Thomas Buchanan is an agent for the President.
Officially, when we first meet him, he is a Special Agent for the FBI, putting the final sentences to the typewritten report on a concluding securities case. He is 32 years old, a man considered by most to be quite handsome with sandy colored hair and in good physical shape as would be expected by any of Hoover's field agents, though nothing . Later he would employed by the still fairly new, and considered archrival of the FBI, the CIA as one of their operatives.
But as the name of the two initial adventures we have of Buchanan, he will find his most challenging work when he is asked by two succeeding Chief Executives to handle things for them, mostly on the downlow.
The year we first encounter Buchanan is 1949. He is finishing up his third year with the Bureau having joined shortly after being released from service as an infantry captain in the Army during WWII. Having an Italian immigrant mother gave him a fluency in that language so when his unit was part of the campaign to invade Sicily and then Italy, his skills there were of great use. After the War, though, listlessness was a problem that was solved by giving federal law enforcement a chance.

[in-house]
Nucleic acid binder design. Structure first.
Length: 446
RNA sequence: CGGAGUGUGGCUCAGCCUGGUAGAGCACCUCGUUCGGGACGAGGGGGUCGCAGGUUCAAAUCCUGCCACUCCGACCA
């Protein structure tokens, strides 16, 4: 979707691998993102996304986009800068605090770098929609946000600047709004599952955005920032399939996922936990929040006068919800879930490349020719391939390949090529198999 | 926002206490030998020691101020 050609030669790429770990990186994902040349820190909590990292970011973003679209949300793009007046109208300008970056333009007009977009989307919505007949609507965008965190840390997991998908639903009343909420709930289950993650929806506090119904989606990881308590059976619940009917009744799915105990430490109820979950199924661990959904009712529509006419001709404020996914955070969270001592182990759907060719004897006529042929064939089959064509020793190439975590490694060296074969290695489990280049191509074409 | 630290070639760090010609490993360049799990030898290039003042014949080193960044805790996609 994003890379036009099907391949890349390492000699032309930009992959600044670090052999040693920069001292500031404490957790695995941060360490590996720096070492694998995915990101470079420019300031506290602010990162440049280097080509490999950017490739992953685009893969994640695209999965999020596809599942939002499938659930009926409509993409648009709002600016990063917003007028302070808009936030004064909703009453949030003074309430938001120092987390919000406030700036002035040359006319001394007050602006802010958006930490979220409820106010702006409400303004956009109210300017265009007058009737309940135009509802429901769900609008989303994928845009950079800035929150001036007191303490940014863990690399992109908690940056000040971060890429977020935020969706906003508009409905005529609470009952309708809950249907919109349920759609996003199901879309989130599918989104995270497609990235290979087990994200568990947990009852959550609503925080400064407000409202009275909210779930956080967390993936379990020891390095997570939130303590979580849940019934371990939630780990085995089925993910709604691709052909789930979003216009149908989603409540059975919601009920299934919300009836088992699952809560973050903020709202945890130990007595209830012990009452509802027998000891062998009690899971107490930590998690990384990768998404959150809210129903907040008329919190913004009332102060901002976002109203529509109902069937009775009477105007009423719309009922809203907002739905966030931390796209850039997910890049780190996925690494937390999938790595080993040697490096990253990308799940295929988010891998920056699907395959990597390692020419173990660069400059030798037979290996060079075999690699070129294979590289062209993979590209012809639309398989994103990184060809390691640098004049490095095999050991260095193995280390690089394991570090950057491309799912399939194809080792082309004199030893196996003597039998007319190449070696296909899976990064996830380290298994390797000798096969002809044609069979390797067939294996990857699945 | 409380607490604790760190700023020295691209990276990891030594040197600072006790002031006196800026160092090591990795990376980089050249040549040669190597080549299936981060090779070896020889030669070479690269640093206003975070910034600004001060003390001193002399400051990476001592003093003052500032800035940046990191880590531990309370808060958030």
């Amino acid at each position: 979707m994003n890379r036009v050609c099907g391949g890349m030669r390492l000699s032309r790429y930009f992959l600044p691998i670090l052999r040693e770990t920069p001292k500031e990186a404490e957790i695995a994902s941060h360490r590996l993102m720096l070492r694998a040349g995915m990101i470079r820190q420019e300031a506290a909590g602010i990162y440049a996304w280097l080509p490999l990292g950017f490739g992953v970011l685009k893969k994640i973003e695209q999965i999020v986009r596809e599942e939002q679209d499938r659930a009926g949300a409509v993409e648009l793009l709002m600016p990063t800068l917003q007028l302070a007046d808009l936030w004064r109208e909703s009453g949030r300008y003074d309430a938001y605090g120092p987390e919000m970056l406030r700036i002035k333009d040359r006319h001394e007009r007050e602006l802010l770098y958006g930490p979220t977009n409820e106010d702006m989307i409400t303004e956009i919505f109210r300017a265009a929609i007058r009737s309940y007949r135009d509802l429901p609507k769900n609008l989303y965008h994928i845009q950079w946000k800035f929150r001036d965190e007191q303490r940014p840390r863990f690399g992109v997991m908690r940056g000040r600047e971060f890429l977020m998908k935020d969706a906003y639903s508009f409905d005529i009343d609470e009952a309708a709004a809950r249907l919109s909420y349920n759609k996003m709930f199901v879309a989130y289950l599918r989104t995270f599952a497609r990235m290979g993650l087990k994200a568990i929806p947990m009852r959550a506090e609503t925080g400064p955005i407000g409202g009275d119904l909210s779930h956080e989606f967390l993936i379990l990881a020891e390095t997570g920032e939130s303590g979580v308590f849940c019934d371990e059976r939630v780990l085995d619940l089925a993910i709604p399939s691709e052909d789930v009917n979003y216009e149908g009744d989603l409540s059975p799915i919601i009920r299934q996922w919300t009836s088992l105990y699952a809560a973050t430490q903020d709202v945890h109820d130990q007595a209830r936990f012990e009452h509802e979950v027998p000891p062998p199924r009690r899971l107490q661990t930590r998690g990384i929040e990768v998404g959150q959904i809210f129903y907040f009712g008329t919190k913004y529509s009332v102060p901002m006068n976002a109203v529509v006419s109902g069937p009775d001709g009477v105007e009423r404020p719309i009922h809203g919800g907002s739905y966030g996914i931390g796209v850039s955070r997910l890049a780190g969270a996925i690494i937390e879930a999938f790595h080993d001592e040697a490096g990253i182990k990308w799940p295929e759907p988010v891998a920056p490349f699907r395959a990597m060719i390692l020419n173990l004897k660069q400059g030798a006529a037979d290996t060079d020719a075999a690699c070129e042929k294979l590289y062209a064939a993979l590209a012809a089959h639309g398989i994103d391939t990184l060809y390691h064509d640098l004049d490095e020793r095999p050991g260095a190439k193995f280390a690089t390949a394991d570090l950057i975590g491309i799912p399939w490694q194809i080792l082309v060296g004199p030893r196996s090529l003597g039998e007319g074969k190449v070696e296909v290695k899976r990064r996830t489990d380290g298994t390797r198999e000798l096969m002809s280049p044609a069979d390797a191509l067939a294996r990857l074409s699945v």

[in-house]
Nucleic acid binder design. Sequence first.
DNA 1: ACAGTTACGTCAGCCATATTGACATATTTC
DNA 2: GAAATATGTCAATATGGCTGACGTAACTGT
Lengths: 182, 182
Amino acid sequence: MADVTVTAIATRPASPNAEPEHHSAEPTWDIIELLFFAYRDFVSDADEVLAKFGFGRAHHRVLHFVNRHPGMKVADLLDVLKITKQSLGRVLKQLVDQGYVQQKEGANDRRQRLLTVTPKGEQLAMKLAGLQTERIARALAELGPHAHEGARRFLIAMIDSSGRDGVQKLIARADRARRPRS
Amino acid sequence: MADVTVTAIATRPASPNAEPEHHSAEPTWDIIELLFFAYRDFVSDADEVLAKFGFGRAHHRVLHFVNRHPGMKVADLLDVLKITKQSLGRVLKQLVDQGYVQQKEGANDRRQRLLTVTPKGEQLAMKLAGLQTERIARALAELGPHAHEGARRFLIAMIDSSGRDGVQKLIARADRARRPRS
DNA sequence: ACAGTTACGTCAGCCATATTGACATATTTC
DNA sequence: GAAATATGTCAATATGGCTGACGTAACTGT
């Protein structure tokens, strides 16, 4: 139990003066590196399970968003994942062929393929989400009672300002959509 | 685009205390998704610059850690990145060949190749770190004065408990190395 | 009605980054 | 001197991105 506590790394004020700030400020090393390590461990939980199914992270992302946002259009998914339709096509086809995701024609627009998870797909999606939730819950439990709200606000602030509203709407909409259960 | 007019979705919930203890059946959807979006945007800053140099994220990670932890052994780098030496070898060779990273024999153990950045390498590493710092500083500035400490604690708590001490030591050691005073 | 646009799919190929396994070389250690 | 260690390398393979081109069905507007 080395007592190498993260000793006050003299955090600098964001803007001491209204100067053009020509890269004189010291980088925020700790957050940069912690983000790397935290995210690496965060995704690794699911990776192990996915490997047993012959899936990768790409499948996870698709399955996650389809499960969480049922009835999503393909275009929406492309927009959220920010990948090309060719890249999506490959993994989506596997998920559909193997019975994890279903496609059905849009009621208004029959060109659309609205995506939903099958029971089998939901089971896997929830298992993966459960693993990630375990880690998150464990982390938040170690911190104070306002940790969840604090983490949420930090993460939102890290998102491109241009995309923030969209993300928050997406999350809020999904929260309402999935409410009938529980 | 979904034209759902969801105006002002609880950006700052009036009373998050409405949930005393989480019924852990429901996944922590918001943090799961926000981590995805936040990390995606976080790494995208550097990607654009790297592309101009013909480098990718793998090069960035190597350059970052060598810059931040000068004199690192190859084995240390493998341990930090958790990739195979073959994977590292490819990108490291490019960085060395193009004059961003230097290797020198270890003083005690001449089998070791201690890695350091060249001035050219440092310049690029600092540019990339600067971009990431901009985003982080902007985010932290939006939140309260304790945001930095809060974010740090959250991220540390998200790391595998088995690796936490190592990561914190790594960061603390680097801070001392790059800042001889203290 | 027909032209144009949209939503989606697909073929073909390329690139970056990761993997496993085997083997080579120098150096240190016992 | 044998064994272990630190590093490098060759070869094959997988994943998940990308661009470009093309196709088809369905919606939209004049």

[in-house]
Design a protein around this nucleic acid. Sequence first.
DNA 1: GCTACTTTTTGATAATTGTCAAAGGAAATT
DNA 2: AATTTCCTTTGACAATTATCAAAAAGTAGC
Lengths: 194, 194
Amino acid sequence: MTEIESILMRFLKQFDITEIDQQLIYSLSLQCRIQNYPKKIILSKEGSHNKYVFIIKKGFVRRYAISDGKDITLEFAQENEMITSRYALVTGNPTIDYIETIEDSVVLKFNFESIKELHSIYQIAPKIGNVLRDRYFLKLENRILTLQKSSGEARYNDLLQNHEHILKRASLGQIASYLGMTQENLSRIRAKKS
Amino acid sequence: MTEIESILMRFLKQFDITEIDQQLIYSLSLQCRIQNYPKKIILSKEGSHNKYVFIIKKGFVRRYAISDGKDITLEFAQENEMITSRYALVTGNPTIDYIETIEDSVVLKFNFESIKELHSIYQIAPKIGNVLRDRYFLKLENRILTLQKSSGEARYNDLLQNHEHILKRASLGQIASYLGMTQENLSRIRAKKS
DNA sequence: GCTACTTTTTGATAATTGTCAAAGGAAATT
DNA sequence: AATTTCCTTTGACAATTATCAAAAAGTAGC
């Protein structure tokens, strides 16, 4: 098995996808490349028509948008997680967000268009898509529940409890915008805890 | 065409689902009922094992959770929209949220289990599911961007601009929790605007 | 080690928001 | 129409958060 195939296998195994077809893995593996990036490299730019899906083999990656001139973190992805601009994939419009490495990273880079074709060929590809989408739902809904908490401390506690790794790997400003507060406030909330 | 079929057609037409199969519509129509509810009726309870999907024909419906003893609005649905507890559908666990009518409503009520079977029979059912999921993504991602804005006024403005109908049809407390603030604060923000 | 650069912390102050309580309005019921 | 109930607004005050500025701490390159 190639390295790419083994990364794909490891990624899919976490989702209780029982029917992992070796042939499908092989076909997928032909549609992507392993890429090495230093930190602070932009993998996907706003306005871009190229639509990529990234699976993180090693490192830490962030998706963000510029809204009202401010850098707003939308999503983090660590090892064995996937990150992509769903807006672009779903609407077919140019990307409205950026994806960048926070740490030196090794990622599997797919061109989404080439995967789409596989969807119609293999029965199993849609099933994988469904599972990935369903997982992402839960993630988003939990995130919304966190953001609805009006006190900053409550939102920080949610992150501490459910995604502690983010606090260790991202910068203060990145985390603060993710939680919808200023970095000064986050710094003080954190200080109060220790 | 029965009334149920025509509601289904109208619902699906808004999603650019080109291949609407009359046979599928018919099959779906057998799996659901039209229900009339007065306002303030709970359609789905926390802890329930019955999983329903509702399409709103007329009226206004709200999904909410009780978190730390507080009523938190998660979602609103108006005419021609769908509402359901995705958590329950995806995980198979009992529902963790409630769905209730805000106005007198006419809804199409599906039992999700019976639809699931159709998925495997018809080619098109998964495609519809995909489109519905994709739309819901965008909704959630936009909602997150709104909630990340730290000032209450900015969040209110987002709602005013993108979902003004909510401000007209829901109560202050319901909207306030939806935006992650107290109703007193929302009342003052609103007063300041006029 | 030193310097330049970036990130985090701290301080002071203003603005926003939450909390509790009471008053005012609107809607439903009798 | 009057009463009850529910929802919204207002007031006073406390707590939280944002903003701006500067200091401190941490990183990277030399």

Buchanan is honest enough with himself to know that while he found the work at the Bureau interesting, he was by no means a company man, and certainly not a Hoover man as he found the FBI top man to be less than worthy of the adoration he got from some sources and more than a lot deserving the condemnation coming from other quarters. He is in the process of reevaluating his role with the Bureau when his name comes to the attention of the nation's Chief Executive.
The not-so-petty squabbles between the firmly established FBI and the nascent and thought upstart CIA was increasing as the head of the former wanted the latter done away with and the head of the latter had few good thoughts about the other. In the middle is Truman who would love to see Hoover knocked down a few pegs if not booted out completely. To accomplish that, he needed a good tool.
Buchanan, not knowing it at the time, was to be that tool.